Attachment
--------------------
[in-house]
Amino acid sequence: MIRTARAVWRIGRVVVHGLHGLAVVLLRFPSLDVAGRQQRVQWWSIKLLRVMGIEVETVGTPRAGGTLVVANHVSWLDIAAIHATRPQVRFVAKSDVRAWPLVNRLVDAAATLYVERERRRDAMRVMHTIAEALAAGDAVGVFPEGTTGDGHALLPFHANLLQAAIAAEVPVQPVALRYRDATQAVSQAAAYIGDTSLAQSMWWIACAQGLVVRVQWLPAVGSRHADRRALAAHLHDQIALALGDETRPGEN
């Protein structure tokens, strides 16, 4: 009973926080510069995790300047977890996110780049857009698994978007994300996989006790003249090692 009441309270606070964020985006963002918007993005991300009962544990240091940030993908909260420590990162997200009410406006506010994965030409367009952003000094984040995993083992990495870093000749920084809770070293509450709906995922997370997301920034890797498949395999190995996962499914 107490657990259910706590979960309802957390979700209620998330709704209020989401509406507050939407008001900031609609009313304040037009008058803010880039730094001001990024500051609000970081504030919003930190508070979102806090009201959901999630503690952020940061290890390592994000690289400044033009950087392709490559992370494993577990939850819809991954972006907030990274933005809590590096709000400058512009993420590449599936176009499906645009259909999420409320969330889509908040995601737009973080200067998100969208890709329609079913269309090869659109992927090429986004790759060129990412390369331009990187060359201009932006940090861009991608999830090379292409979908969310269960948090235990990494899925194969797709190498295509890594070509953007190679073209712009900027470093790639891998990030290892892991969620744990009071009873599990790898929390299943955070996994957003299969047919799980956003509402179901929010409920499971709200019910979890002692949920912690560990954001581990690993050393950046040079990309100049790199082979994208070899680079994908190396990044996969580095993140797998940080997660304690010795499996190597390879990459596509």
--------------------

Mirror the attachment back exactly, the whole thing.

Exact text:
[in-house]
Amino acid sequence: MIRTARAVWRIGRVVVHGLHGLAVVLLRFPSLDVAGRQQRVQWWSIKLLRVMGIEVETVGTPRAGGTLVVANHVSWLDIAAIHATRPQVRFVAKSDVRAWPLVNRLVDAAATLYVERERRRDAMRVMHTIAEALAAGDAVGVFPEGTTGDGHALLPFHANLLQAAIAAEVPVQPVALRYRDATQAVSQAAAYIGDTSLAQSMWWIACAQGLVVRVQWLPAVGSRHADRRALAAHLHDQIALALGDETRPGEN
């Protein structure tokens, strides 16, 4: 009973926080510069995790300047977890996110780049857009698994978007994300996989006790003249090692 009441309270606070964020985006963002918007993005991300009962544990240091940030993908909260420590990162997200009410406006506010994965030409367009952003000094984040995993083992990495870093000749920084809770070293509450709906995922997370997301920034890797498949395999190995996962499914 107490657990259910706590979960309802957390979700209620998330709704209020989401509406507050939407008001900031609609009313304040037009008058803010880039730094001001990024500051609000970081504030919003930190508070979102806090009201959901999630503690952020940061290890390592994000690289400044033009950087392709490559992370494993577990939850819809991954972006907030990274933005809590590096709000400058512009993420590449599936176009499906645009259909999420409320969330889509908040995601737009973080200067998100969208890709329609079913269309090869659109992927090429986004790759060129990412390369331009990187060359201009932006940090861009991608999830090379292409979908969310269960948090235990990494899925194969797709190498295509890594070509953007190679073209712009900027470093790639891998990030290892892991969620744990009071009873599990790898929390299943955070996994957003299969047919799980956003509402179901929010409920499971709200019910979890002692949920912690560990954001581990690993050393950046040079990309100049790199082979994208070899680079994908190396990044996969580095993140797998940080997660304690010795499996190597390879990459596509």